Quartz Daily Brief—Asia edition—Apple triumphant, Greece defiant, tobacco merger, cockroach romance

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What to watch for today

Facebook reports. The social network is expect to post a 46.1% jump in revenue over the same quarter last year, thanks to its booming mobile ads business. Earlier this week, its service went down for roughly one hour, but it turned out to be an internal error, not a hacking attack.

The Fed talks interest rates. The US central bank will likely conclude its monthly policy meeting by saying it’s not raising rates just yet and will continue advising “patience” to see how the global economy affects the US. Morgan Stanley now thinks a rate hike is due in March 2016.

Shareholders vote on a tobacco merger. Reynolds American and Lorillard, America’s second- and third-biggest cigarette companies, want to merge (paywall) into a $25 billion behemoth, creating an effective duopoly with Altria Group, the company that makes Marlboro. Here’s a Wharton analysis on what that would mean.

Some early information on AirAsia flight QZ8501. A preliminary report is due on the disaster that claimed 162 lives when an Airbus A320 plunged into the Java Sea last month, but it won’t include black-box data. The current theory is that the pilot climbed far too fast (paywall), causing the plane to stall.

Numbers, numbers, numbers. Other companies reporting today: Boeing, Qualcomm, and Nintendo. And as for economic data: Russian retail sales for December, and both Thailand’s and Malaysia’s respective central banks will likely leave interest rates alone.

While you were sleeping

Apple blew past Wall Street’s expectations. Revenue came in at $74.6 billion for the last quarter, versus the expected $67.5 billion, and profit at a record $18 billion. That was largely because Apple shipped 74.4 million iPhones; analysts had predicted 65-68 million.

Yahoo announced a spin-off. Announcing its earnings—which met expectations—the internet firm also said it would spin off its $40 billion stake in Chinese e-commerce giant Alibaba into a separate investment vehicle called, of all things, SpinCo. This lets its transfer the stake to its shareholders without a tax bill.

Alexis Tsipras fired his first shots. Greece’s newly elected prime minister appointed an anti-austerity cabinet and announced he was halting the sale of a stake in the country’s biggest port. That privatization is one of the conditions of Greece’s bailout agreement, which Tsipras has vowed to renegotiate.

Obama offered a compromise on offshore oil drilling. The US president is proposing to open an area that spans America’s east coast for oil and gas exploration after he leaves office; in exchange, a swath of offshore Alaska would be off-limits. That’ll be contentious, with oil prices still sliding and the impact of the Deepwater Horizon disaster still being tallied.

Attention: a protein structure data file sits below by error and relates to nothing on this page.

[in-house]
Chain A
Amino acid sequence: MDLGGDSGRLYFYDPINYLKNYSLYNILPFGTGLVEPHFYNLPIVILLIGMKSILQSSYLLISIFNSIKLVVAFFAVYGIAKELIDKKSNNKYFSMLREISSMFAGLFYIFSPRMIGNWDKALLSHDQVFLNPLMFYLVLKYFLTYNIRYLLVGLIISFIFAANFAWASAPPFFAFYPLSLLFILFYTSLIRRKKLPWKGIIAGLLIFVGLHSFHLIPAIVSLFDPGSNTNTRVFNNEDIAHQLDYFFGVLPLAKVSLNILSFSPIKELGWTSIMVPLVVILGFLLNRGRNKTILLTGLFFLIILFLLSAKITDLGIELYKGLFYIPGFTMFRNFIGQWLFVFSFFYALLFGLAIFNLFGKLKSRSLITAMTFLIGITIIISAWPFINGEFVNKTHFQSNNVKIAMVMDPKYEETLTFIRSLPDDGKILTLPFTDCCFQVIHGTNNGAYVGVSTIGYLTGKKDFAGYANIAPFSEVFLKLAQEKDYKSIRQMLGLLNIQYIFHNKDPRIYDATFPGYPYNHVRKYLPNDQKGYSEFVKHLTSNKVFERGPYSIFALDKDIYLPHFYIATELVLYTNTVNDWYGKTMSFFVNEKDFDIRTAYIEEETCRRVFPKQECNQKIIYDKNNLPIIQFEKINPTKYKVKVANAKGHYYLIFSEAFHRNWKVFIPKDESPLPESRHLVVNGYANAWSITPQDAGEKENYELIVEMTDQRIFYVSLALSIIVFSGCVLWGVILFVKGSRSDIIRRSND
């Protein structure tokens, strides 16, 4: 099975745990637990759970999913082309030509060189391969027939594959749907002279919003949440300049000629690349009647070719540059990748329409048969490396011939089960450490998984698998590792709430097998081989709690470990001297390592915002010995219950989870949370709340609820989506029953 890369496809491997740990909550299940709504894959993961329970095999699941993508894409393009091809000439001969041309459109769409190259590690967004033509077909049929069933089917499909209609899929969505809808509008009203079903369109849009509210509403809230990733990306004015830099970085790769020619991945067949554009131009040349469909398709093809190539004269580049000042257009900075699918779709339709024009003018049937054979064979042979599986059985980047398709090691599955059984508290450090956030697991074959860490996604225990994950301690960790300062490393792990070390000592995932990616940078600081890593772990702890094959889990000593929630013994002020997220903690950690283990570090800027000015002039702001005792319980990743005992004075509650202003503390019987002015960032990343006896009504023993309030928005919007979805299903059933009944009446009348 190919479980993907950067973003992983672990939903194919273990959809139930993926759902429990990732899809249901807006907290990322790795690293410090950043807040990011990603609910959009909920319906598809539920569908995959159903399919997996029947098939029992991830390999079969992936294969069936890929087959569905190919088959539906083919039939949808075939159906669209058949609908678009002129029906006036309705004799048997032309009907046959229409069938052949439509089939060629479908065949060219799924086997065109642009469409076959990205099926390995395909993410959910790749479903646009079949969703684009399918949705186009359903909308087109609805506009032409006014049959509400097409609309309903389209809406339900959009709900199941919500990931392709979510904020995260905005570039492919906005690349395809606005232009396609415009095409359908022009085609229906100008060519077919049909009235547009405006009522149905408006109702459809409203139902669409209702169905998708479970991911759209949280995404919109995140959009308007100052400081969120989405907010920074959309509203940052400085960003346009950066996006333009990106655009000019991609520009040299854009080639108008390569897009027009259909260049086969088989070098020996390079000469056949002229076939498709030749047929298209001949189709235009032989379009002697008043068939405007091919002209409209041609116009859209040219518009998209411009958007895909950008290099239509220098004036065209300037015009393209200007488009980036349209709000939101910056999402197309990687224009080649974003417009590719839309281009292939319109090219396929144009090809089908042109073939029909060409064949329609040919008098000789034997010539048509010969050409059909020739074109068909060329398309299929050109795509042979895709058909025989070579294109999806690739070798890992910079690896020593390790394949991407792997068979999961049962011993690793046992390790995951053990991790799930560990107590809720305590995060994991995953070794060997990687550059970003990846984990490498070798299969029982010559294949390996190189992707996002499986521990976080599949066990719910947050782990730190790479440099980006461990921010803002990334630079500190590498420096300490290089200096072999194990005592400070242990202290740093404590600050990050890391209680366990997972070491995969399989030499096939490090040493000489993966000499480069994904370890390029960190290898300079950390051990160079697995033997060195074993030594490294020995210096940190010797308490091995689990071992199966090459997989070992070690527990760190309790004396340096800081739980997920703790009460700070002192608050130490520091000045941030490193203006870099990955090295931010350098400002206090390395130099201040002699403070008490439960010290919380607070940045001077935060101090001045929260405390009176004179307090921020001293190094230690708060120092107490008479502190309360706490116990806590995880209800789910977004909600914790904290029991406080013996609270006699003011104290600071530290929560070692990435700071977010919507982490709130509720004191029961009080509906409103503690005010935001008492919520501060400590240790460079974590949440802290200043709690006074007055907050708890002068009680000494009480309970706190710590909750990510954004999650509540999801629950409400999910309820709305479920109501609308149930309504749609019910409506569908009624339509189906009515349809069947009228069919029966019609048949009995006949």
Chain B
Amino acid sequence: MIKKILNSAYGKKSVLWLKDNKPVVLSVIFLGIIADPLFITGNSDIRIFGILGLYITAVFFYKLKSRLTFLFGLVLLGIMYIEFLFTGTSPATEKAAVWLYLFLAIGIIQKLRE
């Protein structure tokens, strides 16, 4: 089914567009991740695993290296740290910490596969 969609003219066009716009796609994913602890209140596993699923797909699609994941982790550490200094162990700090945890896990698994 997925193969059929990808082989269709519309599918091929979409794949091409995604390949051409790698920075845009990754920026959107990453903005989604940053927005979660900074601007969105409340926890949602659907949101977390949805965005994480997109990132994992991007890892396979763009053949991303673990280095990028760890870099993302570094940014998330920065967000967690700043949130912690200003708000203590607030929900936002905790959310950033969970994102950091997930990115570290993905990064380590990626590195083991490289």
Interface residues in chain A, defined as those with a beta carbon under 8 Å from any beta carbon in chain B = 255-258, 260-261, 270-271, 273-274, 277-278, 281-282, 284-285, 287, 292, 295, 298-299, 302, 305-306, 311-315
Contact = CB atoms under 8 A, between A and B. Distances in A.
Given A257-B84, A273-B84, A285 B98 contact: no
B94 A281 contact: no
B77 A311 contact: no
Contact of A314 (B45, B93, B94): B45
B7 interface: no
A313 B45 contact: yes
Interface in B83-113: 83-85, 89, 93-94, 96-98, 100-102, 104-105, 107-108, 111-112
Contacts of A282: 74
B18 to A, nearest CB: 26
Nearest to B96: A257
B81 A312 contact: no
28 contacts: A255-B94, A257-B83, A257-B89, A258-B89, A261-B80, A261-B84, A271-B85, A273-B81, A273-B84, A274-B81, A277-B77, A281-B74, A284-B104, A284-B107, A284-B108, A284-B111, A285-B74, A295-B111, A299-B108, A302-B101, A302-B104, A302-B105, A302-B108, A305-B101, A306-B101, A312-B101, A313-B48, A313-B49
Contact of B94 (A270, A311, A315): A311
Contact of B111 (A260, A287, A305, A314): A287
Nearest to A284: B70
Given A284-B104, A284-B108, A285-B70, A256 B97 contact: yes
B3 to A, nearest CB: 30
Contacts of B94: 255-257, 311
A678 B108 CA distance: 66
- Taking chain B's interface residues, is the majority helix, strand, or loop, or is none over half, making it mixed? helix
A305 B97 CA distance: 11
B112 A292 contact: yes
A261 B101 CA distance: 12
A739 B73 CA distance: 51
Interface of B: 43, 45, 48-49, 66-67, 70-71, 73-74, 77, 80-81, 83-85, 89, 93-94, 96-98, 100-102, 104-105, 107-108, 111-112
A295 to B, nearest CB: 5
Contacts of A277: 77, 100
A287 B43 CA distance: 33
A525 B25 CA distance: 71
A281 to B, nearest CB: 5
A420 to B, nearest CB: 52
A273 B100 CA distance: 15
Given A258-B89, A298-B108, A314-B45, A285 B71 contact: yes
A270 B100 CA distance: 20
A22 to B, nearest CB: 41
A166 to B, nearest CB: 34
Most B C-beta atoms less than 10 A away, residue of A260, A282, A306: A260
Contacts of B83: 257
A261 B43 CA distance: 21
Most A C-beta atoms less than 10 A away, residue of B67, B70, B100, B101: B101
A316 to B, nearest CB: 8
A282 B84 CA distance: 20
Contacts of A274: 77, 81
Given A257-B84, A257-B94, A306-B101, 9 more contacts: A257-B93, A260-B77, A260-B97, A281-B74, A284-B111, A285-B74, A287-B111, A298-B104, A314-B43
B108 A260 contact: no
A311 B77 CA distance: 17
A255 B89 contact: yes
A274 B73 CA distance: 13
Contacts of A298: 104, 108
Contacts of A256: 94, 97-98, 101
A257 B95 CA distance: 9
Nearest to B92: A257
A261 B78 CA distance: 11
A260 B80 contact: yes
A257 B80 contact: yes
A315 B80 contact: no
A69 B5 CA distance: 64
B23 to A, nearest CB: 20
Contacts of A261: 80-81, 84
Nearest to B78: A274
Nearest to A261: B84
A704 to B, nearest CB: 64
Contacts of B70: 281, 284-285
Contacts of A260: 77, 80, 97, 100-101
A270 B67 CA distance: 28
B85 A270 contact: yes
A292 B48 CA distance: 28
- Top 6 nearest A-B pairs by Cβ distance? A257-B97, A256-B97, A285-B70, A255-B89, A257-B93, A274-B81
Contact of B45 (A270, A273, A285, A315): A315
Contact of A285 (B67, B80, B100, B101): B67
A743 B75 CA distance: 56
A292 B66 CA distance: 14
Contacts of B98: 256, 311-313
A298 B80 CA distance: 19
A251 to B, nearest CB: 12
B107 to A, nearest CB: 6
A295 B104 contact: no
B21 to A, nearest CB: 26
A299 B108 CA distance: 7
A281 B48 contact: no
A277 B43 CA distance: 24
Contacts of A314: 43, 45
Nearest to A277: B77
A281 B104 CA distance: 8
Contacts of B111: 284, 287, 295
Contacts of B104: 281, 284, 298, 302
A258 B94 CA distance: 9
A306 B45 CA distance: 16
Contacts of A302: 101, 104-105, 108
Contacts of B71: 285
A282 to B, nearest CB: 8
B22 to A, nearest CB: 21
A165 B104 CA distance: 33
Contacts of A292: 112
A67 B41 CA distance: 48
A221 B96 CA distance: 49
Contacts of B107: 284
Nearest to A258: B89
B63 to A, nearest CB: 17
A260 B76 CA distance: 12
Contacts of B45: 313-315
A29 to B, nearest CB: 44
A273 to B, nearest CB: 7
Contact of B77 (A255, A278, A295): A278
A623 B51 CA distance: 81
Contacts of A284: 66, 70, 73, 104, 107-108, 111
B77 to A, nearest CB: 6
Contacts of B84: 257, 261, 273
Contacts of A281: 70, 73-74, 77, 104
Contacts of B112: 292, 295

Twitter and Snapchat announced big new features. You’ll be able to post videos up to 30 seconds long—which happens to be the same length as most TV commercials—directly from a smartphone. (Twitter claims this doesn’t threaten Vine, the six-second video service it acquired two years ago.) And Snapchat, the ephemeral messaging app, will now deliver content from trusted “editors and artists.”

Lada lightened its balance sheet with layoffs. Avtovaz—the Russian car company that makes the Lada—is reportedly going to cut (paywall) another 1,100 positions, on top of the 12,000 it cut last year. Renault and Nissan took control of Avtovaz last summer after buying a 50.1% stake for $740 million (paywall).

Quartz obsession interlude

Gwynn Guilford helps you identify the office psychopath. “Savoring the suffering of others isn’t merely the stuff of Fifty Shades of Grey or Hannibal Lecter. Recent psychology research reveals that most people are more likely to encounter sadism in their offices, at the hands of a colleague, than from someone with a flogger or a glass of chianti.” Read more here.

Matters of debate

The loss of Kobane is the beginning of the end for ISIL. It’s bad PR for the Islamic State, which depends on propaganda to grow and thrive.

The West needs to step up its support for Ukraine. Helping the country rebuild itself might even inspire the Russian people to demand the same kinds of changes (paywall).

The sharing economy offloads risk from companies. People who work for services like Airbnb and Uber need the government to compensate with a bigger social safety net.

Give working from home a chance. It can increase productivity and decrease turnover—though it can also be lonelier.

Surprising discoveries

Turkmenistan wants your car to be white. It’s no longer allowing imports of black cars; white is considered an auspicious color.

Investors love investing in the marijuana industry. Except for in businesses that actually grow the weed.

Israeli holocaust survivors are trapped in poverty. Around a quarter of the country’s nearly 200,000 survivors are barely getting by.

Don’t rely too much on sleeping pills. A class of drugs found in many over-the-counter sleep drugs has been linked with an increased risk of dementia.

A little extra padding can be good for your kids. Fat deposits on women’s thighs and buttocks play a role in building their babies a healthy central nervous system.

What to get your ex for Valentine’s Day. San Francisco Zoo is offering adoption certificates for nasty creatures like cockroaches and scorpions as gifts for the person you love to hate.

Our best wishes for a productive day. Please send any news, comments, unwanted black cars, and jeans that don’t fit right to You can follow us on Twitter here for updates throughout the day.

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